Hillary Clinton 'confident' over new FBI email probe; wants agency to explain inquiry to American people
Democratic presidential candidate Hillary Clinton says she is 'confident' a new FBI probe linked to her emails will not change its original finding that she should not be prosecuted and wants the agency to immediately explain the inquiry to the American people.
Washington: Democratic presidential candidate Hillary Clinton says she is "confident" a new FBI probe linked to her emails will not change its original finding that she should not be prosecuted and wants the agency to immediately explain the inquiry to the American people.
"We don't know the facts, which is why we are calling on lease all of the information that it has. Even Director (James) Comey noted that this new information may not be significant. So let's get it out," Clinton, 69, told
During the rare press conference, which lasted a little over five minutes, Clinton said that it is incumbent on the FBI to clarify the issue.
"It is incumbent upon the FBI to tell us what they are taking about. Because right now, your guess is as good as mine. And I don't think that's good enough," she said when asked if she has spoken with her close aide Huma Abedin, the center of the controversy.
The FBI decided to re-open the case after it found some emails on the electronics devise of Abedin's husband Anthony Weiner.
The FBI has not said what kind of email was found on this devise.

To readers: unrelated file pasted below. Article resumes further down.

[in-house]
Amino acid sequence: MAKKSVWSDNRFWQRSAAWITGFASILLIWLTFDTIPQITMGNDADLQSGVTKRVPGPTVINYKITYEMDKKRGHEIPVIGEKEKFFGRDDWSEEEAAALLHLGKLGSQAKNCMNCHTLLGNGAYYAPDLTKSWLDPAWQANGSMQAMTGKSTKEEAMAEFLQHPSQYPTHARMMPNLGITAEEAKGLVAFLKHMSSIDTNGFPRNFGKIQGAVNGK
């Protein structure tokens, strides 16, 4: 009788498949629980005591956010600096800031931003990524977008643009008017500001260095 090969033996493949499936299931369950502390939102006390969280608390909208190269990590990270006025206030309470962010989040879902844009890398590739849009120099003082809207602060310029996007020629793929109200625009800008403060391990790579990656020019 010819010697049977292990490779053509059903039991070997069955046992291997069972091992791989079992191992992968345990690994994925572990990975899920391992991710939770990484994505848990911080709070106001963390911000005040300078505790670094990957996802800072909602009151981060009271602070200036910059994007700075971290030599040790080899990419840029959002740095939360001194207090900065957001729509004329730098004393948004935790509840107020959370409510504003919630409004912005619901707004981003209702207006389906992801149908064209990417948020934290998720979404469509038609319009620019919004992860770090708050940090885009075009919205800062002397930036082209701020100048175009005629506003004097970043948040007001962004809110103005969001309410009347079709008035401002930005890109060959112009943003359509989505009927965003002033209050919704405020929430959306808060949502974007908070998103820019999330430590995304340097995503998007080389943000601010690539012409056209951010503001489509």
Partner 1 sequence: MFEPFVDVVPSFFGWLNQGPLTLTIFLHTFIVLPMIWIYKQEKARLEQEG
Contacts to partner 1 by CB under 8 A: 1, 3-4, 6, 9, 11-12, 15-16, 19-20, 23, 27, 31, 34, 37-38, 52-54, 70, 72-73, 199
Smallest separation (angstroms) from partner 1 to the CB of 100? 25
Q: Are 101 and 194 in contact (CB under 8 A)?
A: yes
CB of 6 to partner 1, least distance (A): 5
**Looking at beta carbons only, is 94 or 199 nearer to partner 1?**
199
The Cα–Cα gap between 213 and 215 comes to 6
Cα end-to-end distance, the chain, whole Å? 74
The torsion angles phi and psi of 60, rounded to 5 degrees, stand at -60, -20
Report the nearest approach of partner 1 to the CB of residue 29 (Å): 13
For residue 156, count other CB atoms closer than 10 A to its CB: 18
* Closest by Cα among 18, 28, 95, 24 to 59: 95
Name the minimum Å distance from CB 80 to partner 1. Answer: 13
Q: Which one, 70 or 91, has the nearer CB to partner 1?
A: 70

"We are 11 days out from perhaps the most important national election of our lifetimes. Voting is already under way in our country. So the American people deserve to get the full and complete facts immediately. The director himself has said he doesn't know whether the e-mails referenced in his letter are significant or not. I'm confident whatever they are will not change the conclusion reached in July," Clinton said.
"Therefore it's imperative that the Bureau explain this issue in question, whatever it is, without any delay. I look forward to moving forward to focus on the important challenges facing the American people, winning on November 8, and working with all Americans to build a better future for our country," she said.
Clinton said she and her campaign have not been contacted by anyone from the FBI on this issue.
Leading in almost all major polls, Clinton exuded confidence that this is unlikely to have an impact in the
"I think people a long time ago made up their minds about the e-mails. I think that's factored into what people think. And now they're choosing a president," she said in response to a question.
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